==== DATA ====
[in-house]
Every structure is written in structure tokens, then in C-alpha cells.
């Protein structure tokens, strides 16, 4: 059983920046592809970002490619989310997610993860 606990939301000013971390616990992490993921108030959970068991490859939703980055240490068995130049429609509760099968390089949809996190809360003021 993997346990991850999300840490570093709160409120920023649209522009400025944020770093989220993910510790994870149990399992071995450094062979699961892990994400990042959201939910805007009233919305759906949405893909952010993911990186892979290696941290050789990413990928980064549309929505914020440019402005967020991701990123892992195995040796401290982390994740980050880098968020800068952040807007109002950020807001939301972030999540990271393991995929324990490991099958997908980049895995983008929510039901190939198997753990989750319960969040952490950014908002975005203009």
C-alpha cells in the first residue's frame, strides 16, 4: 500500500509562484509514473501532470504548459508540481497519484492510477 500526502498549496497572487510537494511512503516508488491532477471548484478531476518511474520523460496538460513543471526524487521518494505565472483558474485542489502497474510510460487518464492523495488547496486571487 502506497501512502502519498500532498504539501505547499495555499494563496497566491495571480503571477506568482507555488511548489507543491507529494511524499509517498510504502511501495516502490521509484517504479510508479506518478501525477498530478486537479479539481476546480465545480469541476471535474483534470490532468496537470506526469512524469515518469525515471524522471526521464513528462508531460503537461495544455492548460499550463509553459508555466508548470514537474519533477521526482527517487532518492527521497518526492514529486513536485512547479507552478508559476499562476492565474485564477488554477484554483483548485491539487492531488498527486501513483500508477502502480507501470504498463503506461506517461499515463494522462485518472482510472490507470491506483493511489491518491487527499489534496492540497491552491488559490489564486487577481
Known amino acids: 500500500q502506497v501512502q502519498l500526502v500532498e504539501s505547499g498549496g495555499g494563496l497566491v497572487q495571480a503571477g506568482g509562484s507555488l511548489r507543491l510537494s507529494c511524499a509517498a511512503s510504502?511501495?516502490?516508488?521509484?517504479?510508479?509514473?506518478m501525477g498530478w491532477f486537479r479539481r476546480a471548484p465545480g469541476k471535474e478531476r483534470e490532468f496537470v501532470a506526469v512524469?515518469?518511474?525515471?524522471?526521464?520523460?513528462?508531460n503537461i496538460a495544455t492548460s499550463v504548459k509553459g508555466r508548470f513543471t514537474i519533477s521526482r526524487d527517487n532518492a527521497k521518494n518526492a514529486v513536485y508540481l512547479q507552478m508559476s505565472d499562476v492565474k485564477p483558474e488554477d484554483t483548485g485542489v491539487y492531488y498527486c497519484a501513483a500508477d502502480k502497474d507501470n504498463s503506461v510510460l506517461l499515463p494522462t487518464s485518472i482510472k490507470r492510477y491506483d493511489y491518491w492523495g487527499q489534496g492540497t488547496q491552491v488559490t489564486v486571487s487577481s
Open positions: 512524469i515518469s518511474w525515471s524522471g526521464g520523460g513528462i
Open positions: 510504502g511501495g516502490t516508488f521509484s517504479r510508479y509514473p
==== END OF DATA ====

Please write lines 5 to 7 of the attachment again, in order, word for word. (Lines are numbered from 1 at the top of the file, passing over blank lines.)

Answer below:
Known amino acids: 500500500q502506497v501512502q502519498l500526502v500532498e504539501s505547499g498549496g495555499g494563496l497566491v497572487q495571480a503571477g506568482g509562484s507555488l511548489r507543491l510537494s507529494c511524499a509517498a511512503s510504502?511501495?516502490?516508488?521509484?517504479?510508479?509514473?506518478m501525477g498530478w491532477f486537479r479539481r476546480a471548484p465545480g469541476k471535474e478531476r483534470e490532468f496537470v501532470a506526469v512524469?515518469?518511474?525515471?524522471?526521464?520523460?513528462?508531460n503537461i496538460a495544455t492548460s499550463v504548459k509553459g508555466r508548470f513543471t514537474i519533477s521526482r526524487d527517487n532518492a527521497k521518494n518526492a514529486v513536485y508540481l512547479q507552478m508559476s505565472d499562476v492565474k485564477p483558474e488554477d484554483t483548485g485542489v491539487y492531488y498527486c497519484a501513483a500508477d502502480k502497474d507501470n504498463s503506461v510510460l506517461l499515463p494522462t487518464s485518472i482510472k490507470r492510477y491506483d493511489y491518491w492523495g487527499q489534496g492540497t488547496q491552491v488559490t489564486v486571487s487577481s
Open positions: 512524469i515518469s518511474w525515471s524522471g526521464g520523460g513528462i
Open positions: 510504502g511501495g516502490t516508488f521509484s517504479r510508479y509514473p